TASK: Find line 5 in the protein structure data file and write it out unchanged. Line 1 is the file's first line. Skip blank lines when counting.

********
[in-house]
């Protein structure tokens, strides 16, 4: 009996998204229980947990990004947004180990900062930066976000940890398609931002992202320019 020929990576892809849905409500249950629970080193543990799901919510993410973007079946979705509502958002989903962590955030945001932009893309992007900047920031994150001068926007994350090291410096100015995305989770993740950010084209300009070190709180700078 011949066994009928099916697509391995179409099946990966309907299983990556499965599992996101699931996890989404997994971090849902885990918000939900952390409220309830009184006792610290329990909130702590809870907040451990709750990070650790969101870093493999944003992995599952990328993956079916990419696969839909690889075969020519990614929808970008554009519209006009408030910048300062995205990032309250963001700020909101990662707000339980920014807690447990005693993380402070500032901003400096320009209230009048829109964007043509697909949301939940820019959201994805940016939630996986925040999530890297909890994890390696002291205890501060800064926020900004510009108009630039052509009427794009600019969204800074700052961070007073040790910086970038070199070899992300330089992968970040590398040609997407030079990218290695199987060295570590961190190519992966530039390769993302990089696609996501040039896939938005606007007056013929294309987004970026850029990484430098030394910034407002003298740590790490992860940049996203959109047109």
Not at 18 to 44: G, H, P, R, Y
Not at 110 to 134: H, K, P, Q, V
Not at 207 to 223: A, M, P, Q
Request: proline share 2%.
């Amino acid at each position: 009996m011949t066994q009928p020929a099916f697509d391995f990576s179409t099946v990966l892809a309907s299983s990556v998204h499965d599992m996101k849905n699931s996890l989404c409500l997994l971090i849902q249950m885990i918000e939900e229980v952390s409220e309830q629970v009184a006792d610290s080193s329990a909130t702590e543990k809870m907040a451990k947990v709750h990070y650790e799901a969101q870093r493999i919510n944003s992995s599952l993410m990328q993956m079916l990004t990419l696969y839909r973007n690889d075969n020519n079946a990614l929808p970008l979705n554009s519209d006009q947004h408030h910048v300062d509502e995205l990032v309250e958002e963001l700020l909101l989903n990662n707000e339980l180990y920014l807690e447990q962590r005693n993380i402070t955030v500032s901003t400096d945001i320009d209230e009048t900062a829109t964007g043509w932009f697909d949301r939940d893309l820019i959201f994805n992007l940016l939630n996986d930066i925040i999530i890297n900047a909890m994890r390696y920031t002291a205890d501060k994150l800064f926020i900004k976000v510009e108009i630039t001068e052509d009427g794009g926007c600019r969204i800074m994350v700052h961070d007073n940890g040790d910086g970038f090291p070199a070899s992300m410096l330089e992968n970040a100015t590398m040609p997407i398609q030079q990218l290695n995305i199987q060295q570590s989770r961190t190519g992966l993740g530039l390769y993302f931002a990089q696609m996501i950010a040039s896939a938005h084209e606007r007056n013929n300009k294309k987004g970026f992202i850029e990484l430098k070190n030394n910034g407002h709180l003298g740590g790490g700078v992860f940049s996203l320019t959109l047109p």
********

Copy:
Not at 207 to 223: A, M, P, Q